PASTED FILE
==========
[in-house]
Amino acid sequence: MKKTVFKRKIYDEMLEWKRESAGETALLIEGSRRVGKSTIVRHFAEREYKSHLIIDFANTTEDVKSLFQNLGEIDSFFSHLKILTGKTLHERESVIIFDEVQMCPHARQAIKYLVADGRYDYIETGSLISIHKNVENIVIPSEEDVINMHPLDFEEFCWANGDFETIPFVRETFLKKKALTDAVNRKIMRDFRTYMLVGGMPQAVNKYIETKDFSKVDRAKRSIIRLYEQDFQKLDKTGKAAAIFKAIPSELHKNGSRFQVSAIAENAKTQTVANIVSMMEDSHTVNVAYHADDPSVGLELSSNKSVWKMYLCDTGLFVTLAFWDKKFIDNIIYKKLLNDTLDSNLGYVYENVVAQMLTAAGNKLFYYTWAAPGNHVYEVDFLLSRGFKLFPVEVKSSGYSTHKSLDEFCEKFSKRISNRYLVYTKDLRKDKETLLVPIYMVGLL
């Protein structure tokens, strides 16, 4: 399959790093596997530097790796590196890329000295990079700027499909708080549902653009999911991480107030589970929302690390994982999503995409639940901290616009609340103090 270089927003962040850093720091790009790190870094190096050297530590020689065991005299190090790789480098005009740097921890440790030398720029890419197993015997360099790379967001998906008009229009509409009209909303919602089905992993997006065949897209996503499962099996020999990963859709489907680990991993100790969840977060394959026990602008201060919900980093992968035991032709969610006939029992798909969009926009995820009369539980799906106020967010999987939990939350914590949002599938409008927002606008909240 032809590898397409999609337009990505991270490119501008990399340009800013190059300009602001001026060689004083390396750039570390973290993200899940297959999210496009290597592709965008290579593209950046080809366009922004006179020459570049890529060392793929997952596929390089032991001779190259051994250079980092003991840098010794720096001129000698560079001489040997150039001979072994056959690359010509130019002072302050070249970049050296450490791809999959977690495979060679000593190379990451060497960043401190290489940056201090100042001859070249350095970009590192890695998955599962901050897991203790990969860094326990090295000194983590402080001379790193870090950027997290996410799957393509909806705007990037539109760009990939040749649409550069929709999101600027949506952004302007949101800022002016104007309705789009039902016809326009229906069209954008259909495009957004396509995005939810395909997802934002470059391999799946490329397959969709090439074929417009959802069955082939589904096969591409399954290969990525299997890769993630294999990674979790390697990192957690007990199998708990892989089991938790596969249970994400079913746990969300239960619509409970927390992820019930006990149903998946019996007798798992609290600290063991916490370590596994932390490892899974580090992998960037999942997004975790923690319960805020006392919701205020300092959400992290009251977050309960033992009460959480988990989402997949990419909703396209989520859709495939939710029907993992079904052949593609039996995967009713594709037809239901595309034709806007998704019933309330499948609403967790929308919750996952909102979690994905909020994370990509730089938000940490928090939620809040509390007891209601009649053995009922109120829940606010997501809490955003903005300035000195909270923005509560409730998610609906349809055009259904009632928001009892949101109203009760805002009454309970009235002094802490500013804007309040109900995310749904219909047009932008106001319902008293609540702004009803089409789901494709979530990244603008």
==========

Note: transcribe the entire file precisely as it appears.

[in-house]
Amino acid sequence: MKKTVFKRKIYDEMLEWKRESAGETALLIEGSRRVGKSTIVRHFAEREYKSHLIIDFANTTEDVKSLFQNLGEIDSFFSHLKILTGKTLHERESVIIFDEVQMCPHARQAIKYLVADGRYDYIETGSLISIHKNVENIVIPSEEDVINMHPLDFEEFCWANGDFETIPFVRETFLKKKALTDAVNRKIMRDFRTYMLVGGMPQAVNKYIETKDFSKVDRAKRSIIRLYEQDFQKLDKTGKAAAIFKAIPSELHKNGSRFQVSAIAENAKTQTVANIVSMMEDSHTVNVAYHADDPSVGLELSSNKSVWKMYLCDTGLFVTLAFWDKKFIDNIIYKKLLNDTLDSNLGYVYENVVAQMLTAAGNKLFYYTWAAPGNHVYEVDFLLSRGFKLFPVEVKSSGYSTHKSLDEFCEKFSKRISNRYLVYTKDLRKDKETLLVPIYMVGLL
């Protein structure tokens, strides 16, 4: 399959790093596997530097790796590196890329000295990079700027499909708080549902653009999911991480107030589970929302690390994982999503995409639940901290616009609340103090 270089927003962040850093720091790009790190870094190096050297530590020689065991005299190090790789480098005009740097921890440790030398720029890419197993015997360099790379967001998906008009229009509409009209909303919602089905992993997006065949897209996503499962099996020999990963859709489907680990991993100790969840977060394959026990602008201060919900980093992968035991032709969610006939029992798909969009926009995820009369539980799906106020967010999987939990939350914590949002599938409008927002606008909240 032809590898397409999609337009990505991270490119501008990399340009800013190059300009602001001026060689004083390396750039570390973290993200899940297959999210496009290597592709965008290579593209950046080809366009922004006179020459570049890529060392793929997952596929390089032991001779190259051994250079980092003991840098010794720096001129000698560079001489040997150039001979072994056959690359010509130019002072302050070249970049050296450490791809999959977690495979060679000593190379990451060497960043401190290489940056201090100042001859070249350095970009590192890695998955599962901050897991203790990969860094326990090295000194983590402080001379790193870090950027997290996410799957393509909806705007990037539109760009990939040749649409550069929709999101600027949506952004302007949101800022002016104007309705789009039902016809326009229906069209954008259909495009957004396509995005939810395909997802934002470059391999799946490329397959969709090439074929417009959802069955082939589904096969591409399954290969990525299997890769993630294999990674979790390697990192957690007990199998708990892989089991938790596969249970994400079913746990969300239960619509409970927390992820019930006990149903998946019996007798798992609290600290063991916490370590596994932390490892899974580090992998960037999942997004975790923690319960805020006392919701205020300092959400992290009251977050309960033992009460959480988990989402997949990419909703396209989520859709495939939710029907993992079904052949593609039996995967009713594709037809239901595309034709806007998704019933309330499948609403967790929308919750996952909102979690994905909020994370990509730089938000940490928090939620809040509390007891209601009649053995009922109120829940606010997501809490955003903005300035000195909270923005509560409730998610609906349809055009259904009632928001009892949101109203009760805002009454309970009235002094802490500013804007309040109900995310749904219909047009932008106001319902008293609540702004009803089409789901494709979530990244603008």